Christman: We would look at a data warehouse as just a big gigantic set of information to secure. We can secure it in the traditional ways, like perimeter protection and we could look at the data warehouse and say system administrators, for instance, have elevated privileged access, and we can control that. From that perspective we can secure data warehouses from a very mechanical, transactional perspective, as far as who has access to what. The real challenge comes in defining the policies and procedures for securing the data warehouse.

FCW: How is the big data security landscape changing?

Christman: Mobility is creating a huge problem for the federal government. If we look at big data and how that data is then delivered to mobile devices, it’s a huge security problem. Data at rest that were accessed using a mobile device, and if that mobile device is not secured -- we see that as a huge problem, and we have tools to fix that problem. But data at rest on mobile devices that may have come out of big data applications is a huge new security risk that folks are struggling with. So that’s how things are changing. The other issue, and if you look at the FISMA reports, and if you look at some of the other reports around password inefficiency, is two-factor authentication being something that we think is absolutely required, especially for critical applications. And as I mentioned before, elevated and privileged access control is absolutely necessary.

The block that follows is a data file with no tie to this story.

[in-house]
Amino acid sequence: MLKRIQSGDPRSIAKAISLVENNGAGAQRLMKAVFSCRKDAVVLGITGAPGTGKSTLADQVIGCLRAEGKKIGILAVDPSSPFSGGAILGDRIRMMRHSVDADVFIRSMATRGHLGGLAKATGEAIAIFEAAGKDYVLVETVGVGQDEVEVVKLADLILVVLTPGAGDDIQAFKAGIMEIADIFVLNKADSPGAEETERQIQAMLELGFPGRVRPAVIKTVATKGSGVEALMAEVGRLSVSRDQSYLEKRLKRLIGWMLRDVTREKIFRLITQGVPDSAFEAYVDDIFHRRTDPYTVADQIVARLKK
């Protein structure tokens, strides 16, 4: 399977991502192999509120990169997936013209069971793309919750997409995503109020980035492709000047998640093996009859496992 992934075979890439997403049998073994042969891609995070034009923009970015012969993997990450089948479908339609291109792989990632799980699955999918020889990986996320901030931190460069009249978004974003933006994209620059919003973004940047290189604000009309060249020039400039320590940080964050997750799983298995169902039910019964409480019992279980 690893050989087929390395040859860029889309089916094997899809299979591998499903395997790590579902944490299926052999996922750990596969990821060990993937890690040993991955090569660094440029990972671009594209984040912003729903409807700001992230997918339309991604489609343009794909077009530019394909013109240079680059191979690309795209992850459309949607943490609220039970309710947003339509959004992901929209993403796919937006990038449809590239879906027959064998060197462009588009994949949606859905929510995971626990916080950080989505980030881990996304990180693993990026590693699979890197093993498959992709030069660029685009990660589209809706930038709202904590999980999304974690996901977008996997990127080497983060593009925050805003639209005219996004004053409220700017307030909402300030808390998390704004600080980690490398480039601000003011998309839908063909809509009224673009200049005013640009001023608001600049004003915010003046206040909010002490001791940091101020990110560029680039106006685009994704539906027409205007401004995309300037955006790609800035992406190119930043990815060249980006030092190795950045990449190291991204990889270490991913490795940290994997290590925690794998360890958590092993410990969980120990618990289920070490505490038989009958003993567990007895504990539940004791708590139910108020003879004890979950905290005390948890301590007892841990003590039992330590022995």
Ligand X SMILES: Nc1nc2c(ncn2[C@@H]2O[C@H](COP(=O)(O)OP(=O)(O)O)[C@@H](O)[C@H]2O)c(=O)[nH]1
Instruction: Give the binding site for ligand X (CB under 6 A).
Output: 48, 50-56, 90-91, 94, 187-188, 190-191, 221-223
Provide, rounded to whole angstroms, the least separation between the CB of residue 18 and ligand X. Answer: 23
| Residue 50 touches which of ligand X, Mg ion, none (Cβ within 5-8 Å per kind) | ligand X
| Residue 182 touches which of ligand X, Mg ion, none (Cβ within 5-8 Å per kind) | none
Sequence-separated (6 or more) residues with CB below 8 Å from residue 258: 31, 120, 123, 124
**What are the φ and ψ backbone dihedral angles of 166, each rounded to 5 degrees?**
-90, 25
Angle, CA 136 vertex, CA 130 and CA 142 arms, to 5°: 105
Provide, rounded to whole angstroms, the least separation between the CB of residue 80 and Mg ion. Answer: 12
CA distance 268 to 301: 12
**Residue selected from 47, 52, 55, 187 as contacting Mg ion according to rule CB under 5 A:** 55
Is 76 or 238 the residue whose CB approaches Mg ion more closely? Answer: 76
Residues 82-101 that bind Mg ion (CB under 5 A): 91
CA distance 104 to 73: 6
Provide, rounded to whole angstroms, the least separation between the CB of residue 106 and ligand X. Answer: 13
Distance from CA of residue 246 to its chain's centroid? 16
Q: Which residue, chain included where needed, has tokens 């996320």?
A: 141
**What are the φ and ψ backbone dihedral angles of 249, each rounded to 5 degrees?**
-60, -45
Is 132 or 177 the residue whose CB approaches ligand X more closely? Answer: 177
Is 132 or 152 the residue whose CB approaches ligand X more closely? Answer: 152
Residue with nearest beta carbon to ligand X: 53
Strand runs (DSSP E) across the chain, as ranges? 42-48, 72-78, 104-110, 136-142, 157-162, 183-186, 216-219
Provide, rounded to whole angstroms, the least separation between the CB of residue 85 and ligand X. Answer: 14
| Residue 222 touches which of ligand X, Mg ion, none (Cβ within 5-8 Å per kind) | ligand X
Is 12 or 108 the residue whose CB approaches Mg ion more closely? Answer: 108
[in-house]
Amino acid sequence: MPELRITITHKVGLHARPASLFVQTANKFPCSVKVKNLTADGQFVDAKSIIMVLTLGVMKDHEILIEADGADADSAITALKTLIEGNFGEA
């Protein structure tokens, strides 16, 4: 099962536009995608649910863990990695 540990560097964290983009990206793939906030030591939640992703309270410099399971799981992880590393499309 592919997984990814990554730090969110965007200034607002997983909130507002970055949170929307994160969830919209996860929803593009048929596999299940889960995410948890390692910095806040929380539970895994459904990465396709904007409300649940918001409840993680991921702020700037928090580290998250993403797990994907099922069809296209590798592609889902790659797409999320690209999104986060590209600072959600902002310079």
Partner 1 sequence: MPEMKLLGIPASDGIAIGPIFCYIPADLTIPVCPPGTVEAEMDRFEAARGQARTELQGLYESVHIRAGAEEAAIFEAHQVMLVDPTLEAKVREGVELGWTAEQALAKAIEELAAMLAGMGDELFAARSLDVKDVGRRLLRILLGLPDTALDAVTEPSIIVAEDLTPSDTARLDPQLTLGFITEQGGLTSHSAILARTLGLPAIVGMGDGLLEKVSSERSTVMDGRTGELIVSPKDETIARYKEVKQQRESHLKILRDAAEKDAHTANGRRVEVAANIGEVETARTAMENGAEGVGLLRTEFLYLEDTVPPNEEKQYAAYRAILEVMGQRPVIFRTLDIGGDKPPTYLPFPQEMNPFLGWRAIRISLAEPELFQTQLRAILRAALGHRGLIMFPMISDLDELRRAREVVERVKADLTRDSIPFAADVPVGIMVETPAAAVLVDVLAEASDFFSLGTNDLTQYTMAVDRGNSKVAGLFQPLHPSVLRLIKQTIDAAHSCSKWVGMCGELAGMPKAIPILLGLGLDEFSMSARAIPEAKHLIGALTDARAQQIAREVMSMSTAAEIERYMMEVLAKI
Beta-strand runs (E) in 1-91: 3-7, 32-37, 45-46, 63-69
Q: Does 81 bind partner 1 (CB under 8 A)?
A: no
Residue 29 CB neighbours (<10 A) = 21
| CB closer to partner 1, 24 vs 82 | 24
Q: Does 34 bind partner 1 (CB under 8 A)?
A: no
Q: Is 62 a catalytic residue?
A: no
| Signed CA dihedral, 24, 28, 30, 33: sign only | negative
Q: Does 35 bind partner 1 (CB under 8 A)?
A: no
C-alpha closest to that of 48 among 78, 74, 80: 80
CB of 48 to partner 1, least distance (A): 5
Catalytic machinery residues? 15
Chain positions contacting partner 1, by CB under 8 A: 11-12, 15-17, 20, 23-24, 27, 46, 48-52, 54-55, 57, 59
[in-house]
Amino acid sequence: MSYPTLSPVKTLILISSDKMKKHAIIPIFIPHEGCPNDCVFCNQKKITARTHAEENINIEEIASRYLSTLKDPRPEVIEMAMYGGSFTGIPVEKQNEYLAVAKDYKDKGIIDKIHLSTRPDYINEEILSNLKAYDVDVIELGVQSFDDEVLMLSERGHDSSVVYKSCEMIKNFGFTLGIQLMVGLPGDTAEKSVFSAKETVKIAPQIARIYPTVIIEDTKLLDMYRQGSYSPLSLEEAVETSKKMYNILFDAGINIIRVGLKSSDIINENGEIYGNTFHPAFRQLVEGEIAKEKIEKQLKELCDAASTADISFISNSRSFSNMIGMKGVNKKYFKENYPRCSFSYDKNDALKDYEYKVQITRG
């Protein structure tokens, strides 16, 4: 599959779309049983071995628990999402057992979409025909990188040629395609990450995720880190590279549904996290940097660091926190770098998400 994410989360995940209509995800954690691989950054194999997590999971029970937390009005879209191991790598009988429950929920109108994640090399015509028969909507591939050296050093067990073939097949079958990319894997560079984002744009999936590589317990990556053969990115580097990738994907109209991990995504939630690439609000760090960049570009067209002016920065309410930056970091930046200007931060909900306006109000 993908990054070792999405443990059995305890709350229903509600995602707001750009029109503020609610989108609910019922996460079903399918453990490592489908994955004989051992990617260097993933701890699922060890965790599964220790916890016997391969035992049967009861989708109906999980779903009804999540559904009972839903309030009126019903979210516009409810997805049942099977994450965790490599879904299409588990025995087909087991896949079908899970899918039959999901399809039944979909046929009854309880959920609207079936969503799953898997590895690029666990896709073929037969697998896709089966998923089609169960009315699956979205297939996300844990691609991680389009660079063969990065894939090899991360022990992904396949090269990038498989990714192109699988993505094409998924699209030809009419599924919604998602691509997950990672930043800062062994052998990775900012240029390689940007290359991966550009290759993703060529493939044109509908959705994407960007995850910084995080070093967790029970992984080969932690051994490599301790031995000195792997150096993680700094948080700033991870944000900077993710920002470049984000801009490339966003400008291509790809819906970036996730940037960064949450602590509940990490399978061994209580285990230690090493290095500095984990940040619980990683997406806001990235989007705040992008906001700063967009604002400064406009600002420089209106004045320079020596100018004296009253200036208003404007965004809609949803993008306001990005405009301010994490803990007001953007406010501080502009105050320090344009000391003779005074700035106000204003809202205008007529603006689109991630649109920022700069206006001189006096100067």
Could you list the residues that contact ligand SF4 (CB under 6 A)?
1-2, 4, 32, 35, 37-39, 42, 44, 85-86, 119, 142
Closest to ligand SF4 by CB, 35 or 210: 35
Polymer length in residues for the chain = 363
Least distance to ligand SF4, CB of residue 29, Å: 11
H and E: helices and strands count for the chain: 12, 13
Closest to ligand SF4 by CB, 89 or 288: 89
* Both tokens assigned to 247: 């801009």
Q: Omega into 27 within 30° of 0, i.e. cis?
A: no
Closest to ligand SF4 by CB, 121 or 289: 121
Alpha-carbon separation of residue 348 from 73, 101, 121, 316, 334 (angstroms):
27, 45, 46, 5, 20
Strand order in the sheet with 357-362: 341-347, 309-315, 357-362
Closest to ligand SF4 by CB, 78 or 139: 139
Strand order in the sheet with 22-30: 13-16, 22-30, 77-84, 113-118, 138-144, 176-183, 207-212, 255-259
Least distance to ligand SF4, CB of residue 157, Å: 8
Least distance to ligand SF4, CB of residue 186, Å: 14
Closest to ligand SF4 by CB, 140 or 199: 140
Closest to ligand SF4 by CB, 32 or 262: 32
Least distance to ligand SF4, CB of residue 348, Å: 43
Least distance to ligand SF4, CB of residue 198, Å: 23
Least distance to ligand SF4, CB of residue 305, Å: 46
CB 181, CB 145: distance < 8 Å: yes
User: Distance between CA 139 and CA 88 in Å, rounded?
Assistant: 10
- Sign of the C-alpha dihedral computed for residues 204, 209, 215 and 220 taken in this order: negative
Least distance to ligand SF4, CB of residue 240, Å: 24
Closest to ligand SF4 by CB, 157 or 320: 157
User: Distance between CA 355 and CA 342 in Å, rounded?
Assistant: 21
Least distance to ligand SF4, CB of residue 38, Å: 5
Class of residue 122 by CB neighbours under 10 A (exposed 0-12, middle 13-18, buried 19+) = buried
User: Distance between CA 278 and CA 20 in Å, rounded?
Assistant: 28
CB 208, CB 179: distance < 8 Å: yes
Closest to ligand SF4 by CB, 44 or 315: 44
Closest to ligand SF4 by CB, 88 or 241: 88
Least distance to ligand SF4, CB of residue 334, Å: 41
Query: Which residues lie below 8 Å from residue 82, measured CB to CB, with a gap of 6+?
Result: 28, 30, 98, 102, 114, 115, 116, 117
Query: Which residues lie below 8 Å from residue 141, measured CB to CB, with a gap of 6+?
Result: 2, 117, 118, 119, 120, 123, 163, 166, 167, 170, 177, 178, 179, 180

FCW: What’s your suggestion to agencies for combating these risks?

Christman: A lot of the basics that we’ve talked about with big data go into this idea of data hygiene. It's standard-issue stuff, it’s not anything new, it’s a question of the platforms it goes on. We need to take that good IT management and those tools and extend them to non-traditional devices. The structures and the disciplines exist, it’s a matter of extending it to the new platforms. We IT people have to adjust our ability to do end-point management on non-traditional mobile devices. The basics are there, good, strong encryption and network protection and proactive understanding of least-privileged access. Those things exist and we’ve known about them for a long time. Big data, cloud, mobility -- all those other things just give us an opportunity to put those good IT practices into play.